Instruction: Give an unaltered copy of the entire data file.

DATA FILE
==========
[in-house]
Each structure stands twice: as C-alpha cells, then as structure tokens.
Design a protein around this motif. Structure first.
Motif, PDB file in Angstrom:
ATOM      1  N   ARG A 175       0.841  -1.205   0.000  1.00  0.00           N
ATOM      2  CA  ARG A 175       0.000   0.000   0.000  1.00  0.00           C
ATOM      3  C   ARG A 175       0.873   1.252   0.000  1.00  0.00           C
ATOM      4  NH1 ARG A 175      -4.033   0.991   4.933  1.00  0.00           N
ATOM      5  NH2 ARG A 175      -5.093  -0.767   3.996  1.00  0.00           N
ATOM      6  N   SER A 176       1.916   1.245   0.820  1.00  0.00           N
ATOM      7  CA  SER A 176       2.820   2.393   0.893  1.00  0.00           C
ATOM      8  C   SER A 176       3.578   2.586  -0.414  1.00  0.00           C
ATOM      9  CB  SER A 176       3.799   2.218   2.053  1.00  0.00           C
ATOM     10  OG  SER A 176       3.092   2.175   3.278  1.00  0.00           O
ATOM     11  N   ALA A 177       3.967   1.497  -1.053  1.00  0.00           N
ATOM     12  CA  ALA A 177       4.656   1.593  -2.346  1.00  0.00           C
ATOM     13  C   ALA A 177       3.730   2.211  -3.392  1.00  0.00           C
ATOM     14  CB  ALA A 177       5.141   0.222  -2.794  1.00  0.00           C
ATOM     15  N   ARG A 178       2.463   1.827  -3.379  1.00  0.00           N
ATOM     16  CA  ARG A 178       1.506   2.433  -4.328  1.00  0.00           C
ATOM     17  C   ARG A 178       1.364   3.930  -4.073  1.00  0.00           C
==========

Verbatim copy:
[in-house]
Each structure stands twice: as C-alpha cells, then as structure tokens.
Design a protein around this motif. Structure first.
Motif, PDB file in Angstrom:
ATOM      1  N   ARG A 175       0.841  -1.205   0.000  1.00  0.00           N
ATOM      2  CA  ARG A 175       0.000   0.000   0.000  1.00  0.00           C
ATOM      3  C   ARG A 175       0.873   1.252   0.000  1.00  0.00           C
ATOM      4  NH1 ARG A 175      -4.033   0.991   4.933  1.00  0.00           N
ATOM      5  NH2 ARG A 175      -5.093  -0.767   3.996  1.00  0.00           N
ATOM      6  N   SER A 176       1.916   1.245   0.820  1.00  0.00           N
ATOM      7  CA  SER A 176       2.820   2.393   0.893  1.00  0.00           C
ATOM      8  C   SER A 176       3.578   2.586  -0.414  1.00  0.00           C
ATOM      9  CB  SER A 176       3.799   2.218   2.053  1.00  0.00           C
ATOM     10  OG  SER A 176       3.092   2.175   3.278  1.00  0.00           O
ATOM     11  N   ALA A 177       3.967   1.497  -1.053  1.00  0.00           N
ATOM     12  CA  ALA A 177       4.656   1.593  -2.346  1.00  0.00           C
ATOM     13  C   ALA A 177       3.730   2.211  -3.392  1.00  0.00           C
ATOM     14  CB  ALA A 177       5.141   0.222  -2.794  1.00  0.00           C
ATOM     15  N   ARG A 178       2.463   1.827  -3.379  1.00  0.00           N
ATOM     16  CA  ARG A 178       1.506   2.433  -4.328  1.00  0.00           C
ATOM     17  C   ARG A 178       1.364   3.930  -4.073  1.00  0.00           C